Bankruptcy in the Northern District of Texas and Attorneys’ Fees | Freeman Law
In re Shayne Allan Steen and Tracie Melissa Cole, Case No. 20-50042 (Bankr. ND Tex, July 7, 2021) deals with the attorney fees of a debtor incurred to defend the debtor in adversarial non-discharge proceedings filed after the debtors have filed their Chapter 13 bankruptcy case. After filing for bankruptcy, the ex-wife of Shayne Steen (“Shayne”) filed adversarial proceedings against him, claiming that the debt Shayne owed her was unreliable under 11 USC §523 (a) (4). With the help of his lawyer, Sam Gregory, Shayne successfully dismissed the adversarial process. Gregory subsequently sought compensation for his services rendered in his portrayal of Shayne to the opponent. Robert Wilson, the permanent Chapter 13 trustee (“trustee”), opposed the request, saying the bankruptcy estate should not have to pay Gregory’s fees.
The trustee’s objection did not relate to the amount or reasonableness of Gregory’s fees, but to the payment of fees out of his disbursements. The trustee argued that unsecured creditors should not, in fact, have to bear the burden of the work being done on Shayne’s behalf. The trustee further argued that the US rule – which provides that parties involved in civil litigation are generally responsible for paying their own attorney fees, in the absence of legal provisions providing for the transfer of fees – prevents Gregory’s fees to be paid from the Chapter 13 estate. Finally, the trustee argued that the services rendered by Gregory did not benefit the estate and, therefore, the estate should not bear the burden. to pay for his services.
The Court first analyzed §330 (a) (4) (B) and noted that the law allows attorney fees when the services rendered provide a benefit and are necessary. to the debtor; there is no requirement in a Chapter 13 case that the services of a lawyer benefit the estate. Section 330 (a) (4) (B) therefore creates an exception to the general rule that fees are only compensable by the estate if the services benefit the estate. The Code creates an exception to § 330 (a) (4) (B) for debtors-individuals under Chapters 12 and 13 because the earning capacity of a debtor is usually the principal asset of the estate – the the debtor’s income funds the plan. The Court cited cases concluding that the services available to the debtor in connection with the case facilitate the success of the debtor’s plan. For example, the Court noted, a debtor’s dispute over the discharge of a particular debt or the defense against a motion to lift a stay may determine whether the debtor will pursue the Chapter 13 case. The Court thus concluded that an attorney for a Chapter 13 debtor is entitled to an administrative expense for compensation for work that is beneficial and necessary for the debtor without proof of benefit or necessity for the Chapter 13 estate or the creditors.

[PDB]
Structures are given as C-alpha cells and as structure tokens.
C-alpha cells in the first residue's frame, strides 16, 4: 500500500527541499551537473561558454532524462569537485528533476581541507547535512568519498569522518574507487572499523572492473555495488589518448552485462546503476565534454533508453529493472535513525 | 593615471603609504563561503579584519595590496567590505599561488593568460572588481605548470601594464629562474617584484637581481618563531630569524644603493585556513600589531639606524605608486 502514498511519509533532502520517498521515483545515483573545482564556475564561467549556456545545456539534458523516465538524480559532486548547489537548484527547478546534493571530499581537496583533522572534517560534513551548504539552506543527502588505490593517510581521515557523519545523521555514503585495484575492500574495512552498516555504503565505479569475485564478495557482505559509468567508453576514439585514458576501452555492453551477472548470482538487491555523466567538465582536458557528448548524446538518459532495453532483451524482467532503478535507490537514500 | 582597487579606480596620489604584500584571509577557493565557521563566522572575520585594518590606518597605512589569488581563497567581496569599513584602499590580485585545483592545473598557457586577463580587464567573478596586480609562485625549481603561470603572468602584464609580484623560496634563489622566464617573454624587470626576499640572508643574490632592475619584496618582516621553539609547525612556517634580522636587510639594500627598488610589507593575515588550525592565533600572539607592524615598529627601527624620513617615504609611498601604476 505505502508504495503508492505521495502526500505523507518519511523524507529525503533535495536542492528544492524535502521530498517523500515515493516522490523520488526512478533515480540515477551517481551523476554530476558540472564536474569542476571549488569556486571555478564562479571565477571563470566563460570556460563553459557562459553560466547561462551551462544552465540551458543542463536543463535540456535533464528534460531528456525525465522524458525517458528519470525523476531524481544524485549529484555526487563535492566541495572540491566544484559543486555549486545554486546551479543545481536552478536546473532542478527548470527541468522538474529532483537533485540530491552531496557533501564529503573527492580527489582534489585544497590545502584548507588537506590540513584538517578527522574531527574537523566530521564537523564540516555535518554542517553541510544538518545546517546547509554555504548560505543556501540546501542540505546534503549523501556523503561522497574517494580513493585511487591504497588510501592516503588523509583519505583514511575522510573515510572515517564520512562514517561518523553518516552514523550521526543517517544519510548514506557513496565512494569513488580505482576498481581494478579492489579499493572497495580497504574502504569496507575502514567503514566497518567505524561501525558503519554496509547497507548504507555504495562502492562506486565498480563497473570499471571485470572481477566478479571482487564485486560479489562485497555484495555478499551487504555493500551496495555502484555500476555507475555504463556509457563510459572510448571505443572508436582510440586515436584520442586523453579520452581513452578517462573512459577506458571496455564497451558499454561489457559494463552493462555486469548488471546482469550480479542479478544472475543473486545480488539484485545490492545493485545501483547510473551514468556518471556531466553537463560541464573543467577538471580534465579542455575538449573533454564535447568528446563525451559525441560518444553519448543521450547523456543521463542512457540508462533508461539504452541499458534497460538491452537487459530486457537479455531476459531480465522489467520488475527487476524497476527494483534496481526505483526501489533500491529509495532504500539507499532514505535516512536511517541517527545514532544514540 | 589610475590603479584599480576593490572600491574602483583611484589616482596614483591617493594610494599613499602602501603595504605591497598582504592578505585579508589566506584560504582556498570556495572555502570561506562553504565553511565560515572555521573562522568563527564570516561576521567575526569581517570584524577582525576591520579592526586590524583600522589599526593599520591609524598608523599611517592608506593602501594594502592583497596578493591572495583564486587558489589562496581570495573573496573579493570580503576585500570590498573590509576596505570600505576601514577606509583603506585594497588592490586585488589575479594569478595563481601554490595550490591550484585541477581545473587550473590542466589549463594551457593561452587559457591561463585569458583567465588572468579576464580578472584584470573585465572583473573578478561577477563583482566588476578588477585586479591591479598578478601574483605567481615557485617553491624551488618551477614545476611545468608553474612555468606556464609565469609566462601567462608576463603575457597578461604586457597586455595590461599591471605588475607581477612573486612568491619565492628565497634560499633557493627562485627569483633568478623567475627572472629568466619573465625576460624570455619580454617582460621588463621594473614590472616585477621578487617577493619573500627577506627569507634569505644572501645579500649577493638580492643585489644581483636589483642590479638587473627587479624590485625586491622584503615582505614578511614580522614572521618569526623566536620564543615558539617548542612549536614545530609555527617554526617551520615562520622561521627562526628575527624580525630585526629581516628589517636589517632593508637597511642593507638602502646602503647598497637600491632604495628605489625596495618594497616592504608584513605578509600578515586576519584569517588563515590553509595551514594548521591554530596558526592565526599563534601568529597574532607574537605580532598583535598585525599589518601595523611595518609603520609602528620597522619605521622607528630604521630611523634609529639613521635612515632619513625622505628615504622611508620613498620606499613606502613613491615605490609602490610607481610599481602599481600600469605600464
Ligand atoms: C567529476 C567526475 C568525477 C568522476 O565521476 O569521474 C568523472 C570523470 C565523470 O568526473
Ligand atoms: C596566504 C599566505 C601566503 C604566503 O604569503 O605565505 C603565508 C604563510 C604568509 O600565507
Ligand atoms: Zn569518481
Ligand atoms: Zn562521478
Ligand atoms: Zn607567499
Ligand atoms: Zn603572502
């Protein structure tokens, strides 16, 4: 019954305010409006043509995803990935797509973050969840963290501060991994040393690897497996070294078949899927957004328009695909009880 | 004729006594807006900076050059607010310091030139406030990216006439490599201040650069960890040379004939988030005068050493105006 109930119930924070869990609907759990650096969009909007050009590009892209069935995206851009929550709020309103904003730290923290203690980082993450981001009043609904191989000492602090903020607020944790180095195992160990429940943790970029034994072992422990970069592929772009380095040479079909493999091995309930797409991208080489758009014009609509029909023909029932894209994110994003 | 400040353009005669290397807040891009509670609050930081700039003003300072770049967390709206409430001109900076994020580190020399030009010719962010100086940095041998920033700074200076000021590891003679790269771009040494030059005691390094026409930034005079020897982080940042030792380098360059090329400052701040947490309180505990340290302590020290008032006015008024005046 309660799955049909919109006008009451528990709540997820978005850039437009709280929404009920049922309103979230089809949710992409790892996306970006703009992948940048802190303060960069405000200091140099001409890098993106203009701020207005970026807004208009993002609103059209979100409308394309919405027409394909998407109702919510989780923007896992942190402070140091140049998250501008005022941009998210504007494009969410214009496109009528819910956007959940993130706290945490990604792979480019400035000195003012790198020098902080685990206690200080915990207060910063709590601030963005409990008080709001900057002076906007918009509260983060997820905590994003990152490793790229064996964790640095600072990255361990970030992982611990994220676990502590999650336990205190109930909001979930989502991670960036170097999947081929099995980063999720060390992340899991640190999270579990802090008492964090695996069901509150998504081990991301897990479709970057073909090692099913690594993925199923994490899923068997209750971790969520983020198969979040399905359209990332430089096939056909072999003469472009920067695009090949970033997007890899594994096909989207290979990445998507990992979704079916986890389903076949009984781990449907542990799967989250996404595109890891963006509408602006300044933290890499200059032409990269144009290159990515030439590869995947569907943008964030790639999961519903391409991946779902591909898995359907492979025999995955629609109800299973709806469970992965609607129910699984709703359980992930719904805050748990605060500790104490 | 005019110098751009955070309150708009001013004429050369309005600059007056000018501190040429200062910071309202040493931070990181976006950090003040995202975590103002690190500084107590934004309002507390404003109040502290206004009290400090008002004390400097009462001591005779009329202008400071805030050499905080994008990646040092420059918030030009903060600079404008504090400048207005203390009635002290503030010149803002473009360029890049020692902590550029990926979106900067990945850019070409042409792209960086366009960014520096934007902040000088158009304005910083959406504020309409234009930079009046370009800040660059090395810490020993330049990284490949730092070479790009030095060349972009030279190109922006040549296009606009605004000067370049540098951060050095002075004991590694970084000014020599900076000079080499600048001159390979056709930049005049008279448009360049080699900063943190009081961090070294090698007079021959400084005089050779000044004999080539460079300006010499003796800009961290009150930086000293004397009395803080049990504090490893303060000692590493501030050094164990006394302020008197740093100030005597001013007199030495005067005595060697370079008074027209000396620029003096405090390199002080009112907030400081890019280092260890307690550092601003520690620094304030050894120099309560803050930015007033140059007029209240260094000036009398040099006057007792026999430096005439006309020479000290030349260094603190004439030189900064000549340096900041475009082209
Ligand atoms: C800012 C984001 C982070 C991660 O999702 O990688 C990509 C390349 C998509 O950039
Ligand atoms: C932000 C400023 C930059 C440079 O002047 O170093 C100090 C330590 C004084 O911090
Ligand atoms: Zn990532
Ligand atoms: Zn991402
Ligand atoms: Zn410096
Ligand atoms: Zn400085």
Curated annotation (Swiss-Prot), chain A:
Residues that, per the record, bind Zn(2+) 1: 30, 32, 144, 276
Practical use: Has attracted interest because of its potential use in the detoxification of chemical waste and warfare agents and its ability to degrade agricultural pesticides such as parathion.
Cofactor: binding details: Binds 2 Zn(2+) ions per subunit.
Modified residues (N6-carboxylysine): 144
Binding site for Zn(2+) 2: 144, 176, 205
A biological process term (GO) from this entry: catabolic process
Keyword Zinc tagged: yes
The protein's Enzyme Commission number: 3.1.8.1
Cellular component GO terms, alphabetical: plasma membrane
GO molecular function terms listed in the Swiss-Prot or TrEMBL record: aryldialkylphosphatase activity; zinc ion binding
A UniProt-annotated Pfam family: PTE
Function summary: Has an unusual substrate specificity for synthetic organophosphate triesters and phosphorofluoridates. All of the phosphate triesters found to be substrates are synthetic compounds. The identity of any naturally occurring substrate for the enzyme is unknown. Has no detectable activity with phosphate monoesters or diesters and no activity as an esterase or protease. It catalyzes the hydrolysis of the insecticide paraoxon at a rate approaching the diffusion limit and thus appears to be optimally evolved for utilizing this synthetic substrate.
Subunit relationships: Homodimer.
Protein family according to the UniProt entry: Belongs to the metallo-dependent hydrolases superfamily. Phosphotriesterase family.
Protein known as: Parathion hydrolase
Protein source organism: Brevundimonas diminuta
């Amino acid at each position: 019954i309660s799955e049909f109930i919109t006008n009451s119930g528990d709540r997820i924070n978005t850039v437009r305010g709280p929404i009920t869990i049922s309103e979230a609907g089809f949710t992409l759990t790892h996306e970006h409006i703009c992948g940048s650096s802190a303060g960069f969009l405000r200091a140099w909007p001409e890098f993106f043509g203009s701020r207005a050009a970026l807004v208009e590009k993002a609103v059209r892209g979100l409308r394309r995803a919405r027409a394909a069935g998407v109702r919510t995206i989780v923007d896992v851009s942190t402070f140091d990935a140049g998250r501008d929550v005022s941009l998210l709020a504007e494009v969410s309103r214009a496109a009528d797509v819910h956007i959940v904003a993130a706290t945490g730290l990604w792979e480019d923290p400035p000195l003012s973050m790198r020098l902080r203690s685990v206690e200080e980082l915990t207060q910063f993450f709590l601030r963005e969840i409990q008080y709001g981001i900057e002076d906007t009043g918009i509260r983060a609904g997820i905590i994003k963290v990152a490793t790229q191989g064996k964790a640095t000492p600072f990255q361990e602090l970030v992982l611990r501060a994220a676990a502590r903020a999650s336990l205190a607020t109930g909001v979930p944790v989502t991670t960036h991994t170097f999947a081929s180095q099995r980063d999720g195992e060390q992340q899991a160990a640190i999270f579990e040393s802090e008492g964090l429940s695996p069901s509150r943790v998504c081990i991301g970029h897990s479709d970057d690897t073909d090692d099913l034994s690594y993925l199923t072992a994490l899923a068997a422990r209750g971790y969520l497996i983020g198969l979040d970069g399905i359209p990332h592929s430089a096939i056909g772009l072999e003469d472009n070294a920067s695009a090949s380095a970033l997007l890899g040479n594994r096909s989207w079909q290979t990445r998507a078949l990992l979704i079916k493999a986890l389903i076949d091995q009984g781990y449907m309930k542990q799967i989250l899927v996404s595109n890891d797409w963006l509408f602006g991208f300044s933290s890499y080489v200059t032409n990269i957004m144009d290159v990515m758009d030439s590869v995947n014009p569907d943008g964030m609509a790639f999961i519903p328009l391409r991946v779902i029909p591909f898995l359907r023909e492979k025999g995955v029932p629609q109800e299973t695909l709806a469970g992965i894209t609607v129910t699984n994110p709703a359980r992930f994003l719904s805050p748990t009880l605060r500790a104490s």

In this context, the Court first sought to determine whether Gregory’s services benefited the debtor or the estate. The court easily concluded that Gregory’s services benefited debtors by defending Shayne in a dispute over the discharge of a debt owed to his ex-wife. After determining a clear benefit, the Court turned to whether Gregory’s services were necessary for the completion of the bankruptcy case, and again, it easily determined that they did. were, finding that a discharge complaint is a fundamental bankruptcy issue which benefit sought by bankrupt people. Finally, the Court considered the reasonableness of the fees. Using the twelve factors listed in the Johnson v. Ga. Highway Express, Inc., 488 F.2d 714 (5e Cir. 1974) – the so-called “Johnson factors ”- the Court found Gregory’s services to be reasonable.
Finally, the court addressed a new argument put forward by the trustee that the US rule prohibited payment for Gregory’s services because it essentially requires creditors to pay the debtor’s attorney fees. Citing Family Snacks, Inc. v Andrews & Kurth, LLP (In re Pro-Snax Distribs., Inc.), 212 BR 834, 836-37 (ND Tex. 1997), the Court concluded that section 503 of the Bankruptcy Code creates an exception to the American rule in bankruptcy cases by transferring certain litigation expenses to general creditors. This is done by authorizing the payment of these expenses (including attorney’s fees) – as “administrative expenses” out of the assets of the bankruptcy estate – before general creditors. The Court therefore concluded that the trustee’s invocation of the American rule was erroneous, as there is an express statutory provision which creates an exception to the American rule which applies in this situation. US rule does not prohibit a claim for attorney fees for services rendered on behalf of the debtor.
Having found that Gregory’s services were beneficial, necessary and reasonable, the Court granted Gregory’s claim for fees, finding that such fees are entitled to priority over administrative expenses under § 503 (b) (2) .
Bankruptcy lawyers are all too familiar with the idea that it is often difficult to get paid in a bankruptcy case. This case provides a clear example of the appropriate way to be compensated for services related to a Chapter 13 bankruptcy case.